1: lemon thyme

2: 'Green Frills' lettuce

3: Romaine lettuce

4: thyme

5: tarragon

6: purple basil

7: lemon basil

Photo By: DK - How to Grow Practically Everything, 2010 Dorling Kindersley Limited

Warm-Weather Staples

Add a taste of the tropics to your front porch with brilliant pink mandevilla and cheery yellow hibiscus.

1: yellow hibiscus

2: lobelia

3: coleus

4: pink mandevilla

Photo By: iStock

Sweet Potato Envy

Whether planted alone or with other fun summer blooms, bright green sweet potato vine is a set-it and forget-it spiller that never disappoints.

1: sanvitalia (creeping zinnia)

2: sweet potato vine

3: croton

4: gold variegated plectranthus

5: angelonia

6: lantana

Photo By: iStock

Fairytale Florals

Transform your home into a dreamy summer escape reminiscent of your favorite storybook locale.

1: gold plectranthus

2: 'Silver Falls' dichondra

3: gaura

4: verbena

5: geranium

6: silver dollar eucalyptus

7: petunia

Photo By: Terry Pommett/ Courtesy Skyhorse Publishing

Country Cottage

Pull off rustic charm in the heat of the summer with easy-to-care for sage, million bells and dainty wire vine.

1: million bells (calibrachoa)

2: creeping wire vine

3: tricolor sage

Photo By: Proven Winners

Classic Showstopper

Who says classic is boring? We adore this lush arrangement stocked with all of our favorite warm-weather staples.

1: double calibrachoa

2: petunia

3: sweet alyssum

4: geranium

Photo By: iStock

Shades of Red

Add a touch of sophistication to your curb appeal with a sultry mix of opulent red roses and pink geranium.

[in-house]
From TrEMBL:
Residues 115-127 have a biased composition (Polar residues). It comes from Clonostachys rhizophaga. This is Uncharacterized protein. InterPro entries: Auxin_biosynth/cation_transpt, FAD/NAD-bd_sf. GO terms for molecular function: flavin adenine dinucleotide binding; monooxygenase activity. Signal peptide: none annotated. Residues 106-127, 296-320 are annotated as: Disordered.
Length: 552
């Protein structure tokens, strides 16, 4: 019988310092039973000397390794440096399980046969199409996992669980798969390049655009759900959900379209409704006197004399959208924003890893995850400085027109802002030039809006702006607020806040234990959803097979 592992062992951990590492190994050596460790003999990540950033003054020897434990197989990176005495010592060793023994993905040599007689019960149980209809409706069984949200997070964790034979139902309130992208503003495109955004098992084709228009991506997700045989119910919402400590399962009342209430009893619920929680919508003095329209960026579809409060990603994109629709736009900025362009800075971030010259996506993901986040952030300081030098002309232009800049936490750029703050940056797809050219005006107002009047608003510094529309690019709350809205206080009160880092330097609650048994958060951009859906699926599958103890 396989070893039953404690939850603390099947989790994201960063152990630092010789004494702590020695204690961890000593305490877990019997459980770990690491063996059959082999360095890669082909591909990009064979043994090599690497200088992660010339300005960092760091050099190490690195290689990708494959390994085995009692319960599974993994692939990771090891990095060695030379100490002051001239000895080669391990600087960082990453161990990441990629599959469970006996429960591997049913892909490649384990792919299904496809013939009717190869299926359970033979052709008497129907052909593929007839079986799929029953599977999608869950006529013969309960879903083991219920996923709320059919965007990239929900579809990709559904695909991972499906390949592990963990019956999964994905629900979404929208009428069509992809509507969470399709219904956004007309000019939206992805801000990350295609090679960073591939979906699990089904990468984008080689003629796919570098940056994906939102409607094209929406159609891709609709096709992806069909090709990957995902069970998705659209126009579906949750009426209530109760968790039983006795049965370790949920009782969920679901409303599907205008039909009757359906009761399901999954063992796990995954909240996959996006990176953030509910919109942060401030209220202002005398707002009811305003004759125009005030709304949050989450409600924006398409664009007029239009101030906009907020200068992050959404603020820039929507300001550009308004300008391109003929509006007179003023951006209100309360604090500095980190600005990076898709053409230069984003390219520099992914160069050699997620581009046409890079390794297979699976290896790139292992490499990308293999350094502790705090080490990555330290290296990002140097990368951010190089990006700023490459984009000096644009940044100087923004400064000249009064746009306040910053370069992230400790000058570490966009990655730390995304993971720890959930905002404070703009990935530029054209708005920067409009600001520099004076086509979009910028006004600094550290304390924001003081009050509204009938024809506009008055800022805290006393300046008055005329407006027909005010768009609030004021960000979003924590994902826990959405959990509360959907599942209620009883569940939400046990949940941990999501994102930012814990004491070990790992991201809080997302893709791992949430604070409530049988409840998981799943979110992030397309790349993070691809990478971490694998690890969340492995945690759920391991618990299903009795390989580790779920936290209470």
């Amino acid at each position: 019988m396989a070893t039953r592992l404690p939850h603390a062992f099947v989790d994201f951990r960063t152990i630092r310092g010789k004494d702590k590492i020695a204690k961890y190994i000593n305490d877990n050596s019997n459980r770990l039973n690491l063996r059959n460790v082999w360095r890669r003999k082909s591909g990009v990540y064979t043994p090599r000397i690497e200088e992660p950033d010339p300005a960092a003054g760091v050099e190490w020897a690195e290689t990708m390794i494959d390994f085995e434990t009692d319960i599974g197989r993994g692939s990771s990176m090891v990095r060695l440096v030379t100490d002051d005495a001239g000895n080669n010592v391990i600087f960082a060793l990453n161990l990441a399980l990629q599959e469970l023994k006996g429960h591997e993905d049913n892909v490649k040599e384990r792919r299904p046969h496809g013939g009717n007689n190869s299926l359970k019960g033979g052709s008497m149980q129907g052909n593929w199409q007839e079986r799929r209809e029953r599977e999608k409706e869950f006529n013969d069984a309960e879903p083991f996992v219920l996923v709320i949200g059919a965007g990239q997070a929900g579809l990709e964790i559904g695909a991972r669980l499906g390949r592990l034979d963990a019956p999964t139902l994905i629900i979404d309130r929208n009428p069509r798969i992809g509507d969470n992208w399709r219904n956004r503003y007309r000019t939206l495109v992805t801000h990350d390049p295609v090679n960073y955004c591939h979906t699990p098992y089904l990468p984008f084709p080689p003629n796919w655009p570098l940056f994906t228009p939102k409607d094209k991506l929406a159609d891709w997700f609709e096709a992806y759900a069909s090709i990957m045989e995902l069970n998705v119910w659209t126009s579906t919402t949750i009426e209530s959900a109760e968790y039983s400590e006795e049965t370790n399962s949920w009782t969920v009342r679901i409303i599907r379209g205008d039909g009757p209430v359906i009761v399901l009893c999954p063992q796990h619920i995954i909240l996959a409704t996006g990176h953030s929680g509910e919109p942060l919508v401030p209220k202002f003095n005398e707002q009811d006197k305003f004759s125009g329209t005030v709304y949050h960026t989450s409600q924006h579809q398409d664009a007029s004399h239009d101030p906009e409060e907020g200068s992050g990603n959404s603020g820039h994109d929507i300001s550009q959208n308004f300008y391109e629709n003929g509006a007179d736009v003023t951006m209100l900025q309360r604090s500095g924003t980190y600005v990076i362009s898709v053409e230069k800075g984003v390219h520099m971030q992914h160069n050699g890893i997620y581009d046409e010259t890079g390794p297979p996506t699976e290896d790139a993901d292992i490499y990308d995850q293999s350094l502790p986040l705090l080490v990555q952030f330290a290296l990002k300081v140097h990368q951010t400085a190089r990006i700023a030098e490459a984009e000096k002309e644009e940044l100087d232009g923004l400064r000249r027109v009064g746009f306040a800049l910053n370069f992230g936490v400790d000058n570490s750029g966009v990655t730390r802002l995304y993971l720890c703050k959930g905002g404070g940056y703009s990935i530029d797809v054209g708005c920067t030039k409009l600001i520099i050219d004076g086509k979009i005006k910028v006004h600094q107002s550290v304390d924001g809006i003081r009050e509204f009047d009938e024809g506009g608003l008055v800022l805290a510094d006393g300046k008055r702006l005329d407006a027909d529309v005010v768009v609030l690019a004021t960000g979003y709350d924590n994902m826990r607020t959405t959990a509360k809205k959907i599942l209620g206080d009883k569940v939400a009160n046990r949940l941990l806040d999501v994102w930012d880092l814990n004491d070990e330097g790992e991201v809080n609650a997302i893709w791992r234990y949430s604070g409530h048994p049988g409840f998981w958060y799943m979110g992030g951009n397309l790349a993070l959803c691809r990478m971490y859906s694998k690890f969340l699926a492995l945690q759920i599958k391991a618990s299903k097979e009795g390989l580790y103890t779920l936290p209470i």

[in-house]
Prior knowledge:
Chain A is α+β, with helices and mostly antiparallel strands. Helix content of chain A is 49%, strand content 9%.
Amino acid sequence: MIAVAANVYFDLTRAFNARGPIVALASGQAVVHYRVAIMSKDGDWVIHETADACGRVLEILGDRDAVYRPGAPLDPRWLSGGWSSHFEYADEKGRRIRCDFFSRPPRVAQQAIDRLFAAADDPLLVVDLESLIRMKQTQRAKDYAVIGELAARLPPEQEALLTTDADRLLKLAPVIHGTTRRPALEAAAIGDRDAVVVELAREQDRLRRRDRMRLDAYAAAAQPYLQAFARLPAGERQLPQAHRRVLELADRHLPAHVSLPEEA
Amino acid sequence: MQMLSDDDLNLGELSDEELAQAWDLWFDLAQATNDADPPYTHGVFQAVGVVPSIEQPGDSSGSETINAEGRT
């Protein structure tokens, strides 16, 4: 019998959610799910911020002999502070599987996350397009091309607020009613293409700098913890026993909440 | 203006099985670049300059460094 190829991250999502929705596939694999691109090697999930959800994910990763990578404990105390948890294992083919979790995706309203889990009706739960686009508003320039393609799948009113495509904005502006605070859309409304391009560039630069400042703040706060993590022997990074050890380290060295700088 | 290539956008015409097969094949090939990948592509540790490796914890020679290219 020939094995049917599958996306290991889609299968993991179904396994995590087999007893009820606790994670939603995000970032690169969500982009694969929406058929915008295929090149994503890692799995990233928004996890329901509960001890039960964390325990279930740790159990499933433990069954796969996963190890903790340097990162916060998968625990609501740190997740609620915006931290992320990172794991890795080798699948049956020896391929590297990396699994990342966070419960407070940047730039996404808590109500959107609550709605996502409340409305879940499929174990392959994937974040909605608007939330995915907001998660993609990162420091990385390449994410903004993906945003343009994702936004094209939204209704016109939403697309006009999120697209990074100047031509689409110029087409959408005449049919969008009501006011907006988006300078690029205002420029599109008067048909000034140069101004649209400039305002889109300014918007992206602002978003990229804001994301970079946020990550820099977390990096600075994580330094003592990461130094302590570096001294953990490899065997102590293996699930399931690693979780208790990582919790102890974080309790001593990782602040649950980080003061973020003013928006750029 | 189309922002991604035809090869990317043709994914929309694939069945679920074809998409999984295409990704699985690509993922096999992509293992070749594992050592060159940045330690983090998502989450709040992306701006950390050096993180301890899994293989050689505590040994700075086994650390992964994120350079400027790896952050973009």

1: geranium

2: echeveria

3: rose

4: million bells calibrachoa

Photo By: iStock

Wild Mix

Master the "bed head" look by stuffing your window boxes with low-maintence guara, bright yellow sedum and striking pincushion flower.

1: pincushion hakea

2: gaura

3: dusty miller 'New Look'

4: Gold Edge duranta

5: Lemon Coral Sedum rupestre

6: lantana

7: coleus

Photo By: iStock/kschulze

Dreamy Dahlias

At their peak prowess in late summer, show-stopping dahlias thrive in sunlight and well-drained soiled. Plant with other summer blooms like geraniums and Diamond Frost euphorbia for beauty that will last until first frost. Learn all about dahlia care here >>

1: geranium

2: dahlia

3: 'Homestead' verbena

4: 'Diamond Frost' euphorbia

Photo By: iStock

Summer Succulents

Stocked with rich color and unequivocable texture, what's not to love about succulents?

1: 'String of Pearls' (senecio rowleyanus)

2: 'Perle von Nurnberg' echeveria

3: 'Sticks on Fire' euphorbia

4: jelly bean sedum (S. rubrotinctum)

5: red kalanchoe

6: crassula hybrid

Photo By: iStock

Simple Yet Sexy

Sometimes the prettiest arrangements are the simplest. Keep the color going all summer long with low-maintenance creeping zinnia and shade-loving tuberous begonias.

1: tuberous begonia

2: sanvitalia (Mexican creeping zinnia)

Photo By: iStock